Although Omoide Yokocho translates literally to Memory Lane, this narrow, historic street – one of many yokocho in Tokyo – is better known as Piss Alley. Despite that off-putting moniker, this bustling, atmospheric nook is a local favourite for eating and drinking. The main dish you’ll come across is yakitori – skewered meats that go great with Japanese beer and sake.
The Meguro River lends Nakameguro a special charm. Here, you’ll find cool cafés, restaurants and the odd boutique selling goods for the modern flower child. Its classier neighbour Daikanyama is characterised by winding lanes, one-of-a-kind speciality shops and superb dining.
Kabuki is a traditional Japanese dance drama that has wowed audiences for hundreds of years with its elaborate costumes, make-up and sets. The recently rebuilt Kabuki-za is the chief kabuki theatre in the region and still retains its traditional charms.
The Japanese royal family – the longest-running hereditary monarchy in the world – makes its home at this beautiful castle complex in Central Tokyo. Bookings must be made for tours of the Imperial Palace grounds, but the Imperial Palace East Garden is open to visitors year-round. On the other side of the moat, Chidori-ga-fuchi is a popular cherry-blossom spot.
This shrine was built in honour of Emperor Meiji and his wife, Empress Shōken. With its thickly wooded grounds, skyscraping torii gates and proximity to tourist spots such as Harajuku, Omotesandō and Shibuya, it’s easy to see why it remains one of the city’s most popular Shinto shrines.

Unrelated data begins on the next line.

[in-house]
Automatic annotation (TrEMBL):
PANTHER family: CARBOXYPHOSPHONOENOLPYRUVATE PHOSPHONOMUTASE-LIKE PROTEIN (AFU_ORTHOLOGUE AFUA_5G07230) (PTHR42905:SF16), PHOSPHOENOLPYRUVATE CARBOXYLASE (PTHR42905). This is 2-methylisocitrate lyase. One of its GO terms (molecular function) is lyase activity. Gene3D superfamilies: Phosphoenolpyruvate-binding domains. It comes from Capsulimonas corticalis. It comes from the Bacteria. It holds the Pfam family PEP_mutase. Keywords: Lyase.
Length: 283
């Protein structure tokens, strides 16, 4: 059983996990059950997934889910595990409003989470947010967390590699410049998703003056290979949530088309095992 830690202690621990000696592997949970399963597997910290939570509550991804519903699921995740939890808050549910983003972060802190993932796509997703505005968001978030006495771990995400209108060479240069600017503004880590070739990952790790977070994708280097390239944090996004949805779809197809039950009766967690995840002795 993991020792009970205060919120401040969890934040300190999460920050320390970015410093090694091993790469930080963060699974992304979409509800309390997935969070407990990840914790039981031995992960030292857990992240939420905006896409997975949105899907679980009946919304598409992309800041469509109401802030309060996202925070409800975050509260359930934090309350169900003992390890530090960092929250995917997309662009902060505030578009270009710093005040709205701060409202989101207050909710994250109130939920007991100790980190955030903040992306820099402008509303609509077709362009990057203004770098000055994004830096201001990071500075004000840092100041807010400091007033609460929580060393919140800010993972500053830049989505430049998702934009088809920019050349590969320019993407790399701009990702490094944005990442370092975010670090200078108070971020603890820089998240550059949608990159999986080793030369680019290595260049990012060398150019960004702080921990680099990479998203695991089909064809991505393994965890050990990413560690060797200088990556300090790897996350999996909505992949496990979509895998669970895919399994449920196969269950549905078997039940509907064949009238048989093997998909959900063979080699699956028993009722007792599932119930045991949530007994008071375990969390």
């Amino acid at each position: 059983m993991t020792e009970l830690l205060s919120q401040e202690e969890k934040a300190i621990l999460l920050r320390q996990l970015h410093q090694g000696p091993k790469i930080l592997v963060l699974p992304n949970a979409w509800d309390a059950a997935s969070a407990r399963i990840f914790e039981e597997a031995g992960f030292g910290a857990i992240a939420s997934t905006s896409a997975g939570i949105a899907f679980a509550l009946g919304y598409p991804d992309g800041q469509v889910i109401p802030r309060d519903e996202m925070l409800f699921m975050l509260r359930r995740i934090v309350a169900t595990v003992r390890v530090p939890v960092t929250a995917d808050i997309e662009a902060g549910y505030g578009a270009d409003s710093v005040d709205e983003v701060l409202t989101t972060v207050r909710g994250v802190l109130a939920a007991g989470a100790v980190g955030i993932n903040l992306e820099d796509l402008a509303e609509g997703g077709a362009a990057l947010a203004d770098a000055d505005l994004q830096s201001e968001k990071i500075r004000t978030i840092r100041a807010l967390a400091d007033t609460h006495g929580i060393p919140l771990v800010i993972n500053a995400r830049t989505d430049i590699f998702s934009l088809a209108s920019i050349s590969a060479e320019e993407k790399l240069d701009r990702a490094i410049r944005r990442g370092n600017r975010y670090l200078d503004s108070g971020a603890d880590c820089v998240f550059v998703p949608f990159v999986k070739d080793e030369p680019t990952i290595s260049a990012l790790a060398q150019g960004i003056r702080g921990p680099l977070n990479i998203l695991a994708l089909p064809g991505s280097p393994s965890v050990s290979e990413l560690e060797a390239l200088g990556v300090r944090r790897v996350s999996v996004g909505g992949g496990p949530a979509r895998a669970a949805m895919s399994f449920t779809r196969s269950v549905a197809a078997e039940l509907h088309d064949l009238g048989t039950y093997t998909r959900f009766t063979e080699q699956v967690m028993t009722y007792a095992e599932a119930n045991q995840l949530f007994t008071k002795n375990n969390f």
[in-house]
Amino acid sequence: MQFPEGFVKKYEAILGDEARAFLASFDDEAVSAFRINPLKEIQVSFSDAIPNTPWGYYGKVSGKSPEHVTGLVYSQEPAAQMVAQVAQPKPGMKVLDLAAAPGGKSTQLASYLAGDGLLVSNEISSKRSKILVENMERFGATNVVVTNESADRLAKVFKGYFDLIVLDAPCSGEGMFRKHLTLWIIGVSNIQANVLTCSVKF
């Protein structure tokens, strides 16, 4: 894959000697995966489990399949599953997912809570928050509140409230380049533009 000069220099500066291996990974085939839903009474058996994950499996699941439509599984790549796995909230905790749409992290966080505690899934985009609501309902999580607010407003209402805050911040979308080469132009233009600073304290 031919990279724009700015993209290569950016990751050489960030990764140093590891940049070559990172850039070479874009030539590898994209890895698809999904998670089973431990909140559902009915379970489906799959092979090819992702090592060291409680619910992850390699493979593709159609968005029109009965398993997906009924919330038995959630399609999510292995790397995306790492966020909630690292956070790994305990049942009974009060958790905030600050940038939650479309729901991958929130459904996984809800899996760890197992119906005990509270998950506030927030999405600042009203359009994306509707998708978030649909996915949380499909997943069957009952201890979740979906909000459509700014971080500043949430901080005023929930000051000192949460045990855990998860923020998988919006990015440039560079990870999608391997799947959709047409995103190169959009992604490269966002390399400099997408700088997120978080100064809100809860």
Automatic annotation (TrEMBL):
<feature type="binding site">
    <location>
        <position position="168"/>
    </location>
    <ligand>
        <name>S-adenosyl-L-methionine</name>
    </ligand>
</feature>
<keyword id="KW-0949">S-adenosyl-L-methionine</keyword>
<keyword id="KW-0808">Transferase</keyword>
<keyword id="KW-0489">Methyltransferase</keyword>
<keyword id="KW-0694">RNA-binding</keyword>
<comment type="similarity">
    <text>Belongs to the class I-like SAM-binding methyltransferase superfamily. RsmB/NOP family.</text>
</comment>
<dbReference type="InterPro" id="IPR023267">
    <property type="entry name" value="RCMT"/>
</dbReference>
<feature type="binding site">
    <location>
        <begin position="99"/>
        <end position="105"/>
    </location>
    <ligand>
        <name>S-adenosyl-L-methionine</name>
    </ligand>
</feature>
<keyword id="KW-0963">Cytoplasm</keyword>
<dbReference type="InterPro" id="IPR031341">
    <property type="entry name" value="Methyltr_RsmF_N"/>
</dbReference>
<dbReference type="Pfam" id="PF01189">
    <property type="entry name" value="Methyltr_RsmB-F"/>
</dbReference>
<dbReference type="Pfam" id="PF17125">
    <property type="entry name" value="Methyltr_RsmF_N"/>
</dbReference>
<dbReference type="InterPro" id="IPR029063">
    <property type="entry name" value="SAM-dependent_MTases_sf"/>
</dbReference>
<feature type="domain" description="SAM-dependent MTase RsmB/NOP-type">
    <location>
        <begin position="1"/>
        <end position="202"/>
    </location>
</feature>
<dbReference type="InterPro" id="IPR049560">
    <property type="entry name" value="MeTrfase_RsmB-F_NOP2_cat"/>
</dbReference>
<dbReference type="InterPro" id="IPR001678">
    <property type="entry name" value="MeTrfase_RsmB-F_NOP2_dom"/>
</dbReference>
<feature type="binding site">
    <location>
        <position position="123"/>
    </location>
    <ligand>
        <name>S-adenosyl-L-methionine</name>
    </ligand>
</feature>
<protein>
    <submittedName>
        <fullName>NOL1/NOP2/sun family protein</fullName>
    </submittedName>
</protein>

Shibuya Crossing, also known as the Shibuya Scramble, is the busiest pedestrian crossing in the world in terms of foot traffic. The nearby Hachikō Statue, which immortalises the dog who waited for his owner every day at Shibuya station even after his master’s death, is a popular meeting spot.
The Yomiuri Giants, Japan’s oldest professional baseball team, call the Tokyo Dome home. Catch a game or spend an hour browsing the nearby Japanese Baseball Hall of Fame.
If you’re tattoo-free (or have ink small enough to cover discreetly), make your way to Ōedo-Onsen Monogatari for a traditional-meets-modern onsen experience. This Edo-themed hot spring park lends out colourful yukata to all guests so you look the part.
This traditional Japanese strolling garden was once the property of the Tokugawa clan, the local shoguns (rulers) when Tokyo was called Edo. A seawater moat surrounds Hamarikyu, and entry is possible via a water taxi from Akasaka. Don’t forget to visit the antique teahouse located within its walls, Nakajima no Ochaya, for the full experience.
A pre-war maze of narrow alleys filled with two-storey bars, Golden Gai is quite a contrast to its surroundings, the glitzy megalopolis of Shinjuku. With most of the bars so small they can only accommodate a handful of customers, seating charges are hefty, but soaking up the local charm makes it all worthwhile. Note that Golden Gai has become popular with tourists in recent years, but every now and then you’ll still encounter the odd “Locals Only” sign or chilly reception to newcomers. If you fancy a different but equally atmospheric bar crawl, check out Nonbei Yokocho.
Head out of town for the day to embark on a hike to the summit of Mitake-san, stopping to shop and dine at the nearby village and pay your respects at the ancient Shinto shrine on the way.
Brooke Larsen contributed additional reporting to this article.